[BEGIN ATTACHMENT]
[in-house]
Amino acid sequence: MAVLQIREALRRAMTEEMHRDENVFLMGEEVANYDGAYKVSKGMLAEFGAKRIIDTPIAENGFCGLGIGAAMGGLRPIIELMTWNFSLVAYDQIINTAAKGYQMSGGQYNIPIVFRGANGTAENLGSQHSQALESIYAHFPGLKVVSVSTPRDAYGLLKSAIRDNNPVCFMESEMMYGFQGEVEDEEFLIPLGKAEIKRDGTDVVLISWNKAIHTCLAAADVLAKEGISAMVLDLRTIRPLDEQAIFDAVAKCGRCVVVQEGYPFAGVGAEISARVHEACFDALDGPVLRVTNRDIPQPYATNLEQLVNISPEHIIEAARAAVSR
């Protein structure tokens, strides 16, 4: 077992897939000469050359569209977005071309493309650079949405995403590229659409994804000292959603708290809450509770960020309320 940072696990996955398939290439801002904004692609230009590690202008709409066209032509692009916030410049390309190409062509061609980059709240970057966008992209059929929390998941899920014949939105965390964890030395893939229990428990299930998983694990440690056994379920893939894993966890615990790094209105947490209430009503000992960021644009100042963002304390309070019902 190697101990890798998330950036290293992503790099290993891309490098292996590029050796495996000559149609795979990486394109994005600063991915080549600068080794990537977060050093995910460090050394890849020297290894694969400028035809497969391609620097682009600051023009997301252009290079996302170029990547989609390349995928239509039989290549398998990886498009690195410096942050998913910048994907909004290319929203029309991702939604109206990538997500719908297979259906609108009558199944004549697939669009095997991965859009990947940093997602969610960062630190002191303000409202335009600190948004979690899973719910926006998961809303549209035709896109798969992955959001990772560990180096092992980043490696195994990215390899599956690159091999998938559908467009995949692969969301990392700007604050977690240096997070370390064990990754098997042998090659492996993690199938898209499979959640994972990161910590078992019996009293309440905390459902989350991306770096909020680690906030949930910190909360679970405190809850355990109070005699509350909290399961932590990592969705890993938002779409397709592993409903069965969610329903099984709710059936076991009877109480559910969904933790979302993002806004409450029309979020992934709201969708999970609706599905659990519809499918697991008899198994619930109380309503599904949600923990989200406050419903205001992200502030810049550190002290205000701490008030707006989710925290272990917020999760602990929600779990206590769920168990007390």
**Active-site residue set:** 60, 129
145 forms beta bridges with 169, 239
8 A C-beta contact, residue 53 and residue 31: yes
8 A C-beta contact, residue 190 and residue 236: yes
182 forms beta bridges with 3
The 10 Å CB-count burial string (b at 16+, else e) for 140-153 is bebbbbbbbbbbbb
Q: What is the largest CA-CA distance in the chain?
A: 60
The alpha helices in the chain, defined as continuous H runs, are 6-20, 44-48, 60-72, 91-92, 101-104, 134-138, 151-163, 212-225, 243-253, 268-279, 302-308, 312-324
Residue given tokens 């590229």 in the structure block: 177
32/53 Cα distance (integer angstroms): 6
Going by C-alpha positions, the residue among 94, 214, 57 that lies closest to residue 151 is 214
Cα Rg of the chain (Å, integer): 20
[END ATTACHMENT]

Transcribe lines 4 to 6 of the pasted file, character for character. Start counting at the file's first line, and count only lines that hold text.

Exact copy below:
**Active-site residue set:** 60, 129
145 forms beta bridges with 169, 239
8 A C-beta contact, residue 53 and residue 31: yes